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Someone Made a Fake Equifax Site. Then Equifax Linked to It.




Equifax’s website about its breach of customer information, left, and a fake version, right, that a software engineer created to draw attention to the company’s lax cybersecurity.

People create fake versions of big companies’ websites all the time, usually for phishing purposes. But the companies do not usually link to them by mistake.

Equifax, however, did just that after Nick Sweeting, a software engineer, created an imitation of equifaxsecurity2017.com, Equifax’s page about the security breach that may have exposed 143 million Americans’ personal information. Several posts from the company’s Twitter account directed consumers to Mr. Sweeting’s version, securityequifax2017.com. They were deleted after the mistake was publicized.

By Wednesday evening, the Chrome, Firefox and Safari browsers had blacklisted Mr. Sweeting’s site, and he took it down. By that time, he said, it had received about 200,000 hits.

Fortunately for the people who clicked, Mr. Sweeting’s website was upfront about what it was. The layout was the same as the real version, complete with an identical prompt at the top: “To enroll in complimentary identity theft protection and credit file monitoring, click here.” But a headline in large text differed: “Cybersecurity Incident & Important Consumer Information Which is Totally Fake, Why Did Equifax Use A Domain That’s So Easily Impersonated By Phishing Sites?”

It would be just as easy for phishers to create their own versions of the Equifax page, and that would be bad news for anyone entering the information required to enroll in identity theft protection: their surname and the last six digits of their Social Security number. (In Mr. Sweeting’s version, the form was disabled so that no information was saved.)

“Their site is dangerously easy to impersonate,” Mr. Sweeting said in an email, noting that he had created the site solely to draw attention to the weakness of Equifax’s security. “It only took me 20 minutes to build my clone. I can guarantee there are real malicious phishing versions already out there.”

“It’s in everyone’s interest to get Equifax to change this site to a reputable domain,” he added. “I knew it would only cost me $10 to set up a site that would get people to notice, so I just did it.”

In a short statement on Wednesday, Equifax said all posts containing the wrong link had been deleted.


“We apologize for the confusion,” the statement said. “Consumers should be aware of fake websites purporting to be operated by Equifax. Our dedicated website for consumers to learn more about the incident and sign up for free credit monitoring is https://www.equifaxsecurity2017.com, and our company homepage is equifax.com. Please be cautious of visiting other websites claiming to be operated by Equifax that do not originate from these two pages.”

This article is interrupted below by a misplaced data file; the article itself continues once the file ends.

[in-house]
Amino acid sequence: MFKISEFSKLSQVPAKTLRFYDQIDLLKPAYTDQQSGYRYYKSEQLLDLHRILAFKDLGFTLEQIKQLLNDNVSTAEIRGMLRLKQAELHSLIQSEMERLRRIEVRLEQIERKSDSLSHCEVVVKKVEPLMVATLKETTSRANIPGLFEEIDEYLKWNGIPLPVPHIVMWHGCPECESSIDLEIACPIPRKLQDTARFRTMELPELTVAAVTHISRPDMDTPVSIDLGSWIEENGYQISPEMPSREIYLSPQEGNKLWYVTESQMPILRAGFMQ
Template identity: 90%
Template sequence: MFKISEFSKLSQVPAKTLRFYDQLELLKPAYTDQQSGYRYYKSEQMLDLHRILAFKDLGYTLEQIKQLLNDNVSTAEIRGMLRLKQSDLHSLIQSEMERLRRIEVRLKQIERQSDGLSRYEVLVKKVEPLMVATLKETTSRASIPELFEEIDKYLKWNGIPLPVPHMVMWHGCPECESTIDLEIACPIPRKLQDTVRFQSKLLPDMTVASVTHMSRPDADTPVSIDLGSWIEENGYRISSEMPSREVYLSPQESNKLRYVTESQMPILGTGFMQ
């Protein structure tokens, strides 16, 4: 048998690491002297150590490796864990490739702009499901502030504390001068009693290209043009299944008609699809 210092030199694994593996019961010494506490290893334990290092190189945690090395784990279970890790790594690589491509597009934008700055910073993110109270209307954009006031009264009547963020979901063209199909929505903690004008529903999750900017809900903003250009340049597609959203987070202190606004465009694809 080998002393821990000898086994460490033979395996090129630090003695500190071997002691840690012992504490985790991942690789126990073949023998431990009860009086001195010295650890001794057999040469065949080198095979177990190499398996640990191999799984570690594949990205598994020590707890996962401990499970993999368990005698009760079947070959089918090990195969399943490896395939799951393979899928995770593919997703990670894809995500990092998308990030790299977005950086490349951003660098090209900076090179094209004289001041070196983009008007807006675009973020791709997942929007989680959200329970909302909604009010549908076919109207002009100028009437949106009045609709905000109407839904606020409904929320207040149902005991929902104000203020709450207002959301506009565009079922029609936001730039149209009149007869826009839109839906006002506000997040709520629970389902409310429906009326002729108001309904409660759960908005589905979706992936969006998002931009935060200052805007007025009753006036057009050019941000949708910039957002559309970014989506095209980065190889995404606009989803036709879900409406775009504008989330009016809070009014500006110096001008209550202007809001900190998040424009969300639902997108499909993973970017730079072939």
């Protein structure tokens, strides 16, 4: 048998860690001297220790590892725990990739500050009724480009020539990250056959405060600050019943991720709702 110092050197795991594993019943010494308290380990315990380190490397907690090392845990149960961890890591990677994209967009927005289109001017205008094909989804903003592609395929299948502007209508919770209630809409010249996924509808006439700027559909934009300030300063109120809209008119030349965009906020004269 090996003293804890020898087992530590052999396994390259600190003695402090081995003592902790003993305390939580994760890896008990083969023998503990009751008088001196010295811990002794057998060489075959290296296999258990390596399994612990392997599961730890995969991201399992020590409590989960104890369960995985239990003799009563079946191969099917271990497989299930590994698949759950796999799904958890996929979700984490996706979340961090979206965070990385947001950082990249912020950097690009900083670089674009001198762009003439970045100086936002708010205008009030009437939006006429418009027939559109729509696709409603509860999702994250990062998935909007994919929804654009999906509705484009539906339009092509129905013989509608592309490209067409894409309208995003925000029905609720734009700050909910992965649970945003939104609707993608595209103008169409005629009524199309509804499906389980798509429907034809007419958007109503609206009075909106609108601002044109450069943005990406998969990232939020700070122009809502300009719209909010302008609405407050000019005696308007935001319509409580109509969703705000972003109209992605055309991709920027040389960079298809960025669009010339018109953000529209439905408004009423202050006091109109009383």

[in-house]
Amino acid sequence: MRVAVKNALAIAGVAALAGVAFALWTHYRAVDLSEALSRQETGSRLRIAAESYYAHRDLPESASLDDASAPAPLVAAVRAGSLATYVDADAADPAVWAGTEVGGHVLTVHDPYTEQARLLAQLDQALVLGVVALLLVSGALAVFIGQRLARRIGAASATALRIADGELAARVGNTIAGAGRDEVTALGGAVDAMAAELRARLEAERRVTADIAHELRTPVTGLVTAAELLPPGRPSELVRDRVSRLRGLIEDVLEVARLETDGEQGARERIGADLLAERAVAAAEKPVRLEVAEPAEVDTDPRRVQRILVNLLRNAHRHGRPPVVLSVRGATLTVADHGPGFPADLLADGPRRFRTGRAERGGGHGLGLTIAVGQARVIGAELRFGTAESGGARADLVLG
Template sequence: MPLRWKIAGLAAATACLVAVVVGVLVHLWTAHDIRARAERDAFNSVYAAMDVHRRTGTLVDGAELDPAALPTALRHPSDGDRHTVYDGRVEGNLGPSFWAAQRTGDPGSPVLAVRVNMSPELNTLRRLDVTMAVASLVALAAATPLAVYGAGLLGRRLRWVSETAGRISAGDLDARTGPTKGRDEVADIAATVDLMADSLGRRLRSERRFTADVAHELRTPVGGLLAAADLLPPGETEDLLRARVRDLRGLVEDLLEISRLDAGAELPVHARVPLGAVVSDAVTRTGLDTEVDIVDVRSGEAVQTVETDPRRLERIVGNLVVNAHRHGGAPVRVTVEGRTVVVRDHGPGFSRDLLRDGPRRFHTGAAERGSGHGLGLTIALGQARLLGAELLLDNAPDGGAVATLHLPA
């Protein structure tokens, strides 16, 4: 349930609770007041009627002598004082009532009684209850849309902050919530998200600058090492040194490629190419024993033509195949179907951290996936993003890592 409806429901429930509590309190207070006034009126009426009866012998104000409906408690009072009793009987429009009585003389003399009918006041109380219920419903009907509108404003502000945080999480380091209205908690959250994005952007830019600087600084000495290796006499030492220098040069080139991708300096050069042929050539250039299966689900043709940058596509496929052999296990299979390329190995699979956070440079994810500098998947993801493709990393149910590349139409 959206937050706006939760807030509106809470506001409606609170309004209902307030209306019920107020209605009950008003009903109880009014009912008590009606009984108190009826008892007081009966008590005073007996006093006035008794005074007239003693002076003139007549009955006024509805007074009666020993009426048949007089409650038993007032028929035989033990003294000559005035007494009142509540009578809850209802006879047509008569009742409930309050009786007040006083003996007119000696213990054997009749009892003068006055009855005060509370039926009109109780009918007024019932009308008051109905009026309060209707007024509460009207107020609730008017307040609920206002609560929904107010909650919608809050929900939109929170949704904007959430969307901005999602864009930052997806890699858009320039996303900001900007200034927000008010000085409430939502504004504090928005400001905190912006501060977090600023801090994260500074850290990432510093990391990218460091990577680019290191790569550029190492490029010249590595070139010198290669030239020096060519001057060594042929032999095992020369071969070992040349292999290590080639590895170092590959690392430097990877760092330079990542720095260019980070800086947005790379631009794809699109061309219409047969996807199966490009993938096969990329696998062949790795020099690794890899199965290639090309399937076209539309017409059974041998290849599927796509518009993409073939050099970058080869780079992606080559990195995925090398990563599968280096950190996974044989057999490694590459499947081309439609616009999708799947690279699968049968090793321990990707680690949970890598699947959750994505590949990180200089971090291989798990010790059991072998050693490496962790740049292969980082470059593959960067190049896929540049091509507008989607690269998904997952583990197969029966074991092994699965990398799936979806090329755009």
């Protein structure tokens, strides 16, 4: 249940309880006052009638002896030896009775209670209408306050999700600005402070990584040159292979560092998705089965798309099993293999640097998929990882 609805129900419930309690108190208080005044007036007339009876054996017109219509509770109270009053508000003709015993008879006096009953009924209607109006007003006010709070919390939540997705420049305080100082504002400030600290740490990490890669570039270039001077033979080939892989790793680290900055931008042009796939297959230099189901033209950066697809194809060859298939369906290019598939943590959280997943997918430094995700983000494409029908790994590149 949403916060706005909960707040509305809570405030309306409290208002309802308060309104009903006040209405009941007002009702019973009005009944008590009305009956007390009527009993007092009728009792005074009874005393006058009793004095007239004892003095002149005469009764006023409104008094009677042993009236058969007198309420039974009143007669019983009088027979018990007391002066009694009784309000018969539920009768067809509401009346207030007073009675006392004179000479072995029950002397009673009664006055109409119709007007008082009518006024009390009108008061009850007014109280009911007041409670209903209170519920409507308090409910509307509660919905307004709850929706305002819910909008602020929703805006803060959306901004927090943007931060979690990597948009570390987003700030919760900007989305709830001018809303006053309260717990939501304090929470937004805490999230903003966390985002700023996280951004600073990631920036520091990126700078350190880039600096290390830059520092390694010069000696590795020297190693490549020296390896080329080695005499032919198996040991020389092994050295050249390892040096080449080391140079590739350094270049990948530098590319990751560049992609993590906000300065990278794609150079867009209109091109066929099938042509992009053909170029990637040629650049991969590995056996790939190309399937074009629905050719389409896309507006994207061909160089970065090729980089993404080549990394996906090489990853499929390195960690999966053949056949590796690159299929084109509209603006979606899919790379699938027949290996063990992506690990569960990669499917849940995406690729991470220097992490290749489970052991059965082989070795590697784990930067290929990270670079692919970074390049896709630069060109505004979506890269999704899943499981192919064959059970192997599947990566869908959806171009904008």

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An Equifax spokeswoman, Marisa Salcines, did not respond when asked why the company had created a separate website rather than a subdomain of equifax.com.

That, cybersecurity experts said, was the key mistake. Phishers cannot create a page on the equifax.com domain, so if the website were hosted there instead, it would be easy for users to tell that the page was legitimate.

“You would think that would be the obvious place to start,” said Rahul Telang, a professor of information systems at Carnegie Mellon University. “Create a subdomain so that if somebody tries to fake it, it becomes immediately obvious.”

“Equifaxsecurity2017.com,” on the other hand, looks so unofficial that Mr. Telang said even he had been unsure at first whether it was safe to enter his information.

Mr. Sweeting explained in his email that a Linux command, “wget,” allows anyone to download the contents of a website, “including all images, HTML, CSS, etc.”

“It was super easy to just suck their whole site down with wget and throw it on a $5 server,” he wrote. “It currently has the same type of SSL certificate as the real version, so from a trust perspective, there’s no way for users to authenticate the real one vs. my server.”

Mr. Telang said Equifax’s actions suggested that the company had never anticipated or planned for a data breach.

“If you don’t have a plan in place, you will find different ways to screw it up,” he said. “Equifax is just a perfect example of that.”

All of the incorrect tweets ended with “-Tim,” indicating the name of the Equifax employee who wrote them. The Equifax spokeswoman did not say whether any disciplinary action had been taken, and Mr. Sweeting said he hoped the employee had not been fired.

“They probably just Googled for the URL and ended up finding the fake one instead,” he said. “The real blame lies with the people who originally decided to set the site up badly.”

Source: nytimes


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